Chicago Tribune
Writing in the Atlantic in 2003, Jonathan Rauch made a joke. "Introverts are also not misanthropic," he wrote, though some of us do go along with Sartre as far as to say 'Hell is other people at breakfast.'" Jean-Paul Sartre said nothing about bagels, but the Internet has turned Rauch's bon mot into fact.

Mary Schmich was alerted to a piece by Kevin Delaney that "quoted" Sartre's Rauch-written aphorism by Dan Bloom, a Taiwan-based blogger who spotted it in a Times supplement distributed with a Chinese newspaper. (I can vouch for Bloom's interest in this matter; he's copied me on 10 emails that he's sent to the Times and others about the gaffe.)

Schmich called Fred Shapiro, who edited "The Yale Book of Quotations." "Any time you see a quote attributed to Mark Twain, figure that one is false," Shapiro told her. "Similarly with Yogi Berra and Benjamin Franklin." (Indeed, Mike Daisey got a Twain quote wrong when he published his now-famous nonapology.) Schmich writes that one of her lines is now frequently attributed to Eleanor Roosevelt, and that something she didn't write is now often attributed to her.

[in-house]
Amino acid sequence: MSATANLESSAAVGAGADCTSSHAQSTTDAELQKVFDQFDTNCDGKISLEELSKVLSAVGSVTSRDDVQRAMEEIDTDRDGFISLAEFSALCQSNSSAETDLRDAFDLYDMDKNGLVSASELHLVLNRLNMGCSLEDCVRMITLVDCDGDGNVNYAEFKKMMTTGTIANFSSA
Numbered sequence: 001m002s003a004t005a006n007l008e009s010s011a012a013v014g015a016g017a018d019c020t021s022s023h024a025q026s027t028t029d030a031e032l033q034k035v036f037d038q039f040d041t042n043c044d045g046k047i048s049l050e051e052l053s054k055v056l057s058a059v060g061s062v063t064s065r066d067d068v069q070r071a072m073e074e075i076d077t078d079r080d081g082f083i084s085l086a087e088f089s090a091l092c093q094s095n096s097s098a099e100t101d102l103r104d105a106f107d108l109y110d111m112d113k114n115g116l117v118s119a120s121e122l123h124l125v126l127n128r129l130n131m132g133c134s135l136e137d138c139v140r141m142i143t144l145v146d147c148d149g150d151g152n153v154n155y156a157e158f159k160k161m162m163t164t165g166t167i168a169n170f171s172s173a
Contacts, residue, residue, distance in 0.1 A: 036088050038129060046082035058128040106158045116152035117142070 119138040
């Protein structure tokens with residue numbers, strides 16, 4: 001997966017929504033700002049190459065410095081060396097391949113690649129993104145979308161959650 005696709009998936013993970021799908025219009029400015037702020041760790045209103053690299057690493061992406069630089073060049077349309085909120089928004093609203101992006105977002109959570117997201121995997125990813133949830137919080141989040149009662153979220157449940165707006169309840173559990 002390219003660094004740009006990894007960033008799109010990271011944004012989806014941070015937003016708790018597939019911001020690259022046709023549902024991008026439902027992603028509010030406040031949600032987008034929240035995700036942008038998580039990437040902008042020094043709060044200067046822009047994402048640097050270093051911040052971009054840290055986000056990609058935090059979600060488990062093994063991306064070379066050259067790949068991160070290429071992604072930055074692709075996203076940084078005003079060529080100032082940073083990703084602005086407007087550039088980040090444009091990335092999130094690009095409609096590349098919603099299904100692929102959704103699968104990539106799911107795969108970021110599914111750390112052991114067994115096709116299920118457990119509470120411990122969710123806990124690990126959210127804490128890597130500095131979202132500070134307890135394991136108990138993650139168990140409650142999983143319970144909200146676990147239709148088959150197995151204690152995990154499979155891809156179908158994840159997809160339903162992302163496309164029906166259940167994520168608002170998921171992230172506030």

Schmich warns readers to be wary of online quotes, but you don't have to bother your iPhone to read an inaccurate quote. I live in the Washington, D.C., area, where a mangled quote recently got carved in stone, which is actually kind of a tradition around here.

It's too bad Rauch didn't make Sartre say "Hell is other people at brunch." No one would have ever questioned that.